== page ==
But in its April newsletter, UT's chapter of the American Association of University Professors said the university's loss of the recent federal grant means "the UT solar program does not carry national prestige."
"The UT solar research program is running on empty," wrote faculty member Don Wedding. "There are insufficient external funds to support the … solar research structure created under President Jacobs." Union officials could not be reached for comment.
More companies are adding their names to the board outside the incubator on the UT campus.
Dr. Jacobs called the union criticism a "mean-spirited screed" and said the solar program received $12 million in external funding last year. The university says it has 30 U.S. and foreign patents issued or pending that relate to its solar technologies.
Beyond academic research and development, UT is working to back commercialization of photovoltaic technologies through its technology transfer program, venture capital investments, and support for small solar businesses through its incubator program.
UT's Innovation Enterprises, an investment fund for early-stage businesses, recently formed a joint venture with Rocket Ventures, a $22.5 million venture-capital fund through the Toledo Regional Growth Partnership. Although the venture capital programs make separate investment decisions, the funds share business services and the joint venture is led by Mr. Stansley.
With the funds working together, Mr. Stansley said, the university is providing capital and increased support for entrepreneurs developing solar technologies.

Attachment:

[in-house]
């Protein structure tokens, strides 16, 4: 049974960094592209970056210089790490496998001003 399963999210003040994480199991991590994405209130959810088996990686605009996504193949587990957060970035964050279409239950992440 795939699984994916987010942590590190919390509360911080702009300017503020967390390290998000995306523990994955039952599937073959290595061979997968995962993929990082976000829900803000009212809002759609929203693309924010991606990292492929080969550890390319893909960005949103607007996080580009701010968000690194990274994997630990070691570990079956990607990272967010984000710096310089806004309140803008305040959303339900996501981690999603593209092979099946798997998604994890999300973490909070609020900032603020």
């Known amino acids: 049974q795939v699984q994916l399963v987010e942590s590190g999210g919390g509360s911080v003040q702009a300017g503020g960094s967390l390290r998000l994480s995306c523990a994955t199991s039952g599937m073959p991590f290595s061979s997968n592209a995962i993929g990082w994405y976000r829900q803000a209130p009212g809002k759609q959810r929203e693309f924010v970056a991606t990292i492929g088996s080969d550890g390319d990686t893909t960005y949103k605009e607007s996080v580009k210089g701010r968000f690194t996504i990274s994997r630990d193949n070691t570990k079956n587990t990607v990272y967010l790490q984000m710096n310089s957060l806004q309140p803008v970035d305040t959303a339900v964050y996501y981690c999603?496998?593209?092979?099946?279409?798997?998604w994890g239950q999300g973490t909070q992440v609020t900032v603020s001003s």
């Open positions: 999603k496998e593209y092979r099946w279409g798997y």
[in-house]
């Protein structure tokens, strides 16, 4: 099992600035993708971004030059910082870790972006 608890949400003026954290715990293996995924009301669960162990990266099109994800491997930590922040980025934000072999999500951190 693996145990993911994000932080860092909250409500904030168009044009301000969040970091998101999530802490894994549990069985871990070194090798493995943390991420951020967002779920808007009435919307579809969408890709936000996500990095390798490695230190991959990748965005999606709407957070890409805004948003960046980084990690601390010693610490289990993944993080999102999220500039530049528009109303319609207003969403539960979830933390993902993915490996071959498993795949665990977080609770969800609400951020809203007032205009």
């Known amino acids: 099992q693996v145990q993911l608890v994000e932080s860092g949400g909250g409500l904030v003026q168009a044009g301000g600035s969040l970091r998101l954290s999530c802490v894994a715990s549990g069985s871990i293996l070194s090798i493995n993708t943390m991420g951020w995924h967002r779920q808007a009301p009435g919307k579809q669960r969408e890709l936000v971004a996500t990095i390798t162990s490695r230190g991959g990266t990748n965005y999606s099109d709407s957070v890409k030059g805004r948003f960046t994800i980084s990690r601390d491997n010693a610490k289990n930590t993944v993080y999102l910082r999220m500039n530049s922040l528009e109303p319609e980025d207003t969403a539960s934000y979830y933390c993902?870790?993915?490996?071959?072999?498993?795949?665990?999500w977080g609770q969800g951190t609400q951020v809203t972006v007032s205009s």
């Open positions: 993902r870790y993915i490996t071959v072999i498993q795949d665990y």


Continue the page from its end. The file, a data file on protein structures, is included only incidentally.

"The goal is for us to be able to move a company to success or sustainability in shorter time with less resources invested," he said.
Part of that assistance includes UT's Nitschke Technology Commercialization Complex, as well as its Clean and Alternative Energy Incubator. Tenants say proximity to the university's solar research and access to significant solar firms such as First Solar Inc., which has its only U.S. manufacturing plant in Perrysburg Township, and Toledo-based Xunlight Corp. has helped make their firms commercially viable.
Buckeye Silicon Inc., which is developing polycrystalline silicon for the solar-panel industry, moved into UT's alternative energy incubator in 2009 and will graduate to a stand-alone production plant this summer. The firm, owned by California-based Sphere Renewable Energy Corp., has five employees and could have nine by year's end, Mark Erickson, executive vice president, said.
Magic Morehead, left, and Kendra Payton, Woodward High School seniors participating in a UT science and engineering program, load glass samples at the Wright Center for Photovoltaics.
"Being able to have a facility right there at the incubator, with ready access to the professionals that are doing the testing and understand our business, it dramatically decreases the time sequence in order to get [our] testing done," Mr. Erickson said.
TecnoSun Solar Systems AG, a German company that makes mounting systems for solar panels, signed a one-year lease with the Nitschke complex in April. Greg Knudson, chief executive of the company's U.S. division, said the university showed that northwest Ohio's network of solar firms could provide business connections and sales potential for the German company.
Other solar firms in the university's incubator system include Athens-based Dovetail Solar and Wind, Solar Spectrum LLC, Solcient Energy LLC, Sure Energy, and Dovetail Solar and Wind, which has its headquarters in Athens, Ohio.
Mr. Stansley said the potential for UT's program to grow is significant.
"We're not in the throes of the solar energy revolution yet," Mr. Stansley said. "We're only in its infancy."
Contact Sheena Harrison at: firstname.lastname@example.org or 419-724-6103.